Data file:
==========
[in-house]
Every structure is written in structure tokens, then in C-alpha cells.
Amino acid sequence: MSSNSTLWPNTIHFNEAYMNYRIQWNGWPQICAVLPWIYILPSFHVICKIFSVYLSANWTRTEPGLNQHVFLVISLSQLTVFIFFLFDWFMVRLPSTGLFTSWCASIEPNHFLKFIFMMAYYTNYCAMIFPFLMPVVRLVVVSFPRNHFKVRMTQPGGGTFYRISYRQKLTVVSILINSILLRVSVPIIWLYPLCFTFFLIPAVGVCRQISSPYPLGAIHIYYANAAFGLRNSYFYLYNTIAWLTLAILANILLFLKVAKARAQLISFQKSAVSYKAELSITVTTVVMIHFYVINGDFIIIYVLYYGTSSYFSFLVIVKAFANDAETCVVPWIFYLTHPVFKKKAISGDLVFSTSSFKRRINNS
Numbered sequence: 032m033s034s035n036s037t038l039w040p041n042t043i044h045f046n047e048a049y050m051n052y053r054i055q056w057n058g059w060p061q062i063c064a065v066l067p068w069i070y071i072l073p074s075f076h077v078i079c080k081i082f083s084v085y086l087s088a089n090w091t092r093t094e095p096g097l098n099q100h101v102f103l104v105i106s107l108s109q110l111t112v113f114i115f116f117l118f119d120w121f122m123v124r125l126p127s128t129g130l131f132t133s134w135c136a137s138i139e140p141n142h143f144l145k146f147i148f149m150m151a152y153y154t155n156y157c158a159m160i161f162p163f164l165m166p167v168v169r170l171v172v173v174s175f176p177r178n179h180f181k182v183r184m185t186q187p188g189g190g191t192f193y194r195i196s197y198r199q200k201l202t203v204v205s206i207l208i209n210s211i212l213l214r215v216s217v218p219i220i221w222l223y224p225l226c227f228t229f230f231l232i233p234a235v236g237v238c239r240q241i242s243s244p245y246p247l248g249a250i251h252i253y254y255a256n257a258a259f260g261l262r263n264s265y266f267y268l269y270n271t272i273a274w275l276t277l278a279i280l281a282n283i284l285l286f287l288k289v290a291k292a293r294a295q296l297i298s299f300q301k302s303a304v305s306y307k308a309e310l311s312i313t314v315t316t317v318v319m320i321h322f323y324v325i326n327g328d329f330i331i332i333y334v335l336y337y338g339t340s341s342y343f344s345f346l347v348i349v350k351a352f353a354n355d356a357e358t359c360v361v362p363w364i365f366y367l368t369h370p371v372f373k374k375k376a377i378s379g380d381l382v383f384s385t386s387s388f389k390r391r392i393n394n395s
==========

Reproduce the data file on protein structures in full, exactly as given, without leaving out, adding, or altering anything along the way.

[in-house]
Every structure is written in structure tokens, then in C-alpha cells.
Amino acid sequence: MSSNSTLWPNTIHFNEAYMNYRIQWNGWPQICAVLPWIYILPSFHVICKIFSVYLSANWTRTEPGLNQHVFLVISLSQLTVFIFFLFDWFMVRLPSTGLFTSWCASIEPNHFLKFIFMMAYYTNYCAMIFPFLMPVVRLVVVSFPRNHFKVRMTQPGGGTFYRISYRQKLTVVSILINSILLRVSVPIIWLYPLCFTFFLIPAVGVCRQISSPYPLGAIHIYYANAAFGLRNSYFYLYNTIAWLTLAILANILLFLKVAKARAQLISFQKSAVSYKAELSITVTTVVMIHFYVINGDFIIIYVLYYGTSSYFSFLVIVKAFANDAETCVVPWIFYLTHPVFKKKAISGDLVFSTSSFKRRINNS
Numbered sequence: 032m033s034s035n036s037t038l039w040p041n042t043i044h045f046n047e048a049y050m051n052y053r054i055q056w057n058g059w060p061q062i063c064a065v066l067p068w069i070y071i072l073p074s075f076h077v078i079c080k081i082f083s084v085y086l087s088a089n090w091t092r093t094e095p096g097l098n099q100h101v102f103l104v105i106s107l108s109q110l111t112v113f114i115f116f117l118f119d120w121f122m123v124r125l126p127s128t129g130l131f132t133s134w135c136a137s138i139e140p141n142h143f144l145k146f147i148f149m150m151a152y153y154t155n156y157c158a159m160i161f162p163f164l165m166p167v168v169r170l171v172v173v174s175f176p177r178n179h180f181k182v183r184m185t186q187p188g189g190g191t192f193y194r195i196s197y198r199q200k201l202t203v204v205s206i207l208i209n210s211i212l213l214r215v216s217v218p219i220i221w222l223y224p225l226c227f228t229f230f231l232i233p234a235v236g237v238c239r240q241i242s243s244p245y246p247l248g249a250i251h252i253y254y255a256n257a258a259f260g261l262r263n264s265y266f267y268l269y270n271t272i273a274w275l276t277l278a279i280l281a282n283i284l285l286f287l288k289v290a291k292a293r294a295q296l297i298s299f300q301k302s303a304v305s306y307k308a309e310l311s312i313t314v315t316t317v318v319m320i321h322f323y324v325i326n327g328d329f330i331i332i333y334v335l336y337y338g339t340s341s342y343f344s345f346l347v348i349v350k351a352f353a354n355d356a357e358t359c360v361v362p363w364i365f366y367l368t369h370p371v372f373k374k375k376a377i378s379g380d381l382v383f384s385t386s387s388f389k390r391r392i393n394n395s